The Hawks were without Hossa and Sharp. The Kings played well, but it wasn't best on best.
LA was also missing players. So you're correct, it wasn't best on best. None of the regular season games between the two have been a barometer because too many important players have been missing from each side.
I don't know if I believe this, there's a lot of lines as good or better than this line. The Parise-Koivu-Coyle line could even contend.
It's a little disingenuous to compare the current Koivu line to Brown-Kopitar-Williams, who have played together more often than not for three years now and regularly out-fenwick opposing team's top lines. They drastically outplayed Parise's line last year in the SCF and I don't think Koivu and rookie Coyle are that large of an improvement.
Not saying Parise-Koivu-Coyle aren't playing really well at the moment, but to compare them to an established, veteran line Brown-Kopitar-Williams is somewhat of a stretch.
Quite often, Setoguchi-Cullen-Bouchard is the Wild's best line.
Again, you're stretching here, even moreso than the Koivu line v. Kopitar line comparison. The current Cullen line doesn't have near the offensive player of Carter's caliber and Cullen is certainly no Mike Richards.
It's not a stretch. ~.920 is average. I'm saying if that's all the goaltending you get, your team could be eliminated in the first round.
DISCLAIMER: I am not saying the Wild are clearly better, or better, but it's not outlandish to say they could compete.
It's not outlandish at all. The Wild have a good team this year. But consider that LA's current save percentage is barely cracking .900 and they still have a record of 18-12-2. They've lost more than a handful of games this season due to poor save percentage outings from Jon Quick. No one is saying the Kings are unbeatable - we're simply pointing out the elite advanced statistics of the team despite key injuries on the blue line and a sub-.900 save pct. by Quick. If Quick is averaging a .920 save percentage, as you're saying, the Kings are likely closer to the Ducks and Hawks in the standings than the Wild, which all other adv. stats indicate.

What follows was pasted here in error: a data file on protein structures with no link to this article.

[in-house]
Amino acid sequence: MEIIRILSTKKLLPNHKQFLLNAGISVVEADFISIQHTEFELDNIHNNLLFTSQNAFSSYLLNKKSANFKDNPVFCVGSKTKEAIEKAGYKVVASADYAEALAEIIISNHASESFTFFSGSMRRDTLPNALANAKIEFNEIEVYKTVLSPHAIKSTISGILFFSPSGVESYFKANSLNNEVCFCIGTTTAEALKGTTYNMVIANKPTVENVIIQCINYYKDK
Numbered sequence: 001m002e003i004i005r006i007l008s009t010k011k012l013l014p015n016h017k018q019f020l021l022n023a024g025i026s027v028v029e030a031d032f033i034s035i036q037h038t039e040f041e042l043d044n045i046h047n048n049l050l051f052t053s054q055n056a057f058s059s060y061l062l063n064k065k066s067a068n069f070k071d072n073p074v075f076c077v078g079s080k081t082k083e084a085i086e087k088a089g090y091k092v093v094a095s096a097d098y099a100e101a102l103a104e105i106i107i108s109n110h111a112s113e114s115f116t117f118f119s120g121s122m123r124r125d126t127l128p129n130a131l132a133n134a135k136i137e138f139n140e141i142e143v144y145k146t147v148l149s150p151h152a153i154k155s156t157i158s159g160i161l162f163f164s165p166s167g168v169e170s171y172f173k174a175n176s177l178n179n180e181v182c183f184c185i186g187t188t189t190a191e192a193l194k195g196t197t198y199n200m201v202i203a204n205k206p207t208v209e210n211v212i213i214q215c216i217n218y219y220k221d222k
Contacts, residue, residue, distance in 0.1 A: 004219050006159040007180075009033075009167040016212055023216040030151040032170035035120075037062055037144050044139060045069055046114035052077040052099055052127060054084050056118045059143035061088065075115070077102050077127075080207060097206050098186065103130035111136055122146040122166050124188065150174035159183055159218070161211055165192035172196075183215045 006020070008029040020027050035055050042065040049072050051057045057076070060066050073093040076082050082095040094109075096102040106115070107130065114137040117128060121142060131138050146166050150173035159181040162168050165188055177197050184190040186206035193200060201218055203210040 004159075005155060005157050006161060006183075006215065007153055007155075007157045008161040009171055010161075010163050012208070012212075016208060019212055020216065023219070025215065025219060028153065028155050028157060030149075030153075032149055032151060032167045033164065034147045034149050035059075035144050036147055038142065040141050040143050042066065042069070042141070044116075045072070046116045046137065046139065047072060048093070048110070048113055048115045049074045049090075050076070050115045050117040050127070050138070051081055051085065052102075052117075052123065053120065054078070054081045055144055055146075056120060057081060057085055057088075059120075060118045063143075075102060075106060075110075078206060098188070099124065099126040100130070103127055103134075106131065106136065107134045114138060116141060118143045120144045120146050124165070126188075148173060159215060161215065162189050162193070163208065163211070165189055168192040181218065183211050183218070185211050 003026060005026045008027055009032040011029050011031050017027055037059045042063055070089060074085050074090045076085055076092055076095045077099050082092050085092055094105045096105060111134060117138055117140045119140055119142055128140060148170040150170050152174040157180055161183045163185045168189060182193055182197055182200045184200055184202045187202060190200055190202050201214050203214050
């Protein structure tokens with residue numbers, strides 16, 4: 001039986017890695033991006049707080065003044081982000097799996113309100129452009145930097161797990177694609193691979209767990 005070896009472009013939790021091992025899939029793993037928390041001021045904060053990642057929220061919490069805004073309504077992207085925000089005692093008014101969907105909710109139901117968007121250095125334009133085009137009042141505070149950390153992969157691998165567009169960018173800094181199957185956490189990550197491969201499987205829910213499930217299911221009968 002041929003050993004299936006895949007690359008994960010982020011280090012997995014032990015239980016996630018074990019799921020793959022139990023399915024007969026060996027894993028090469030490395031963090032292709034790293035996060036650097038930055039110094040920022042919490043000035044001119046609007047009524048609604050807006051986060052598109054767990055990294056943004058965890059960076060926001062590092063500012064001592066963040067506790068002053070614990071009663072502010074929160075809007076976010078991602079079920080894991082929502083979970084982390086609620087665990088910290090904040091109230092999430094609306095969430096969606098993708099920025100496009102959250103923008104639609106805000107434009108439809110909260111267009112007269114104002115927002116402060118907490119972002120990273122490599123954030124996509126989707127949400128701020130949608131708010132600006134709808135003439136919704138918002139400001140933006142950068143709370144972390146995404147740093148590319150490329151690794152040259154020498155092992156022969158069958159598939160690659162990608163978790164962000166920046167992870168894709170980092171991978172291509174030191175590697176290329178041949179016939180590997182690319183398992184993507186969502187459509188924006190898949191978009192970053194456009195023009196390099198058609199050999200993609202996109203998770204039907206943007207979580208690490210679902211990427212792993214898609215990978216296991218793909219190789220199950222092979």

They are far from infallible but remain very well built for the playoffs. The entire talented core of the team are strong 2-way players. No one is one-dimensional. There aren't a lot of lines in the league that the Kopitar group won't beat handily in a head to head, and then you've got Richards and Carter to contend with who on any given night can play like a first line themselves. The team is just good. And I agree with you on Quick, his performance last season isn't anywhere near repeatable, but I don't think it's a stretch to expect ~.920 tending from that tandem.
Like, perhaps, the lines that the #1, #2, and #3 seeded teams in the league could toss over the boards?
I like my team, I like their chances. Just as I did last season.
In the playoffs, we got some really good bounces and some timely goaltending. In order to repeat, all of those things have to happen again. I like our chances but there are some really good teams out there. Someone really good is going to come out of the west. Will I be surprised if it's the Kings? No, I will be elated!
I became a King fan when I was 7, they won their first Stanley Cup when I was 48. Taking nothing for granted.
Winning the Stanley Cup is the hardest thing to do in sports.
No, he didn't say they were the best, but he certainly implied that few come close.
And I can't begin to enough at a two game sample size, particularly since the second game was on the second half of a back-to-back. I guess you'd better hope Nick Bonino doesn't get healthy, because he's going to walk all over you.